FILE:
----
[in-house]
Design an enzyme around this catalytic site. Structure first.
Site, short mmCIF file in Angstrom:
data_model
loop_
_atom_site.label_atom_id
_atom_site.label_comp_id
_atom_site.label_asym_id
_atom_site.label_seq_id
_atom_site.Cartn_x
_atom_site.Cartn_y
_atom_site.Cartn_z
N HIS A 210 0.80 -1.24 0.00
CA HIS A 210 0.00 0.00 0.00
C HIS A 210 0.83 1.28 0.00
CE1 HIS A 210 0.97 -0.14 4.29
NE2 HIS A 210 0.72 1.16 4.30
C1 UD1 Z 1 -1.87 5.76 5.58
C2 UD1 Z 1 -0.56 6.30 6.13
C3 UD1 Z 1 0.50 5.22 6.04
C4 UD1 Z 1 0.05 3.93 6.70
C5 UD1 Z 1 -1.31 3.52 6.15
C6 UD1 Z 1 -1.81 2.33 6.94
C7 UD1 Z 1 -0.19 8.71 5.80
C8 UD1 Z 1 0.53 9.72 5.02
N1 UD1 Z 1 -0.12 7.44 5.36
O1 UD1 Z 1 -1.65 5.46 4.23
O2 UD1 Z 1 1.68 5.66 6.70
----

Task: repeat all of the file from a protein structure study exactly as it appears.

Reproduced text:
[in-house]
Design an enzyme around this catalytic site. Structure first.
Site, short mmCIF file in Angstrom:
data_model
loop_
_atom_site.label_atom_id
_atom_site.label_comp_id
_atom_site.label_asym_id
_atom_site.label_seq_id
_atom_site.Cartn_x
_atom_site.Cartn_y
_atom_site.Cartn_z
N HIS A 210 0.80 -1.24 0.00
CA HIS A 210 0.00 0.00 0.00
C HIS A 210 0.83 1.28 0.00
CE1 HIS A 210 0.97 -0.14 4.29
NE2 HIS A 210 0.72 1.16 4.30
C1 UD1 Z 1 -1.87 5.76 5.58
C2 UD1 Z 1 -0.56 6.30 6.13
C3 UD1 Z 1 0.50 5.22 6.04
C4 UD1 Z 1 0.05 3.93 6.70
C5 UD1 Z 1 -1.31 3.52 6.15
C6 UD1 Z 1 -1.81 2.33 6.94
C7 UD1 Z 1 -0.19 8.71 5.80
C8 UD1 Z 1 0.53 9.72 5.02
N1 UD1 Z 1 -0.12 7.44 5.36
O1 UD1 Z 1 -1.65 5.46 4.23
O2 UD1 Z 1 1.68 5.66 6.70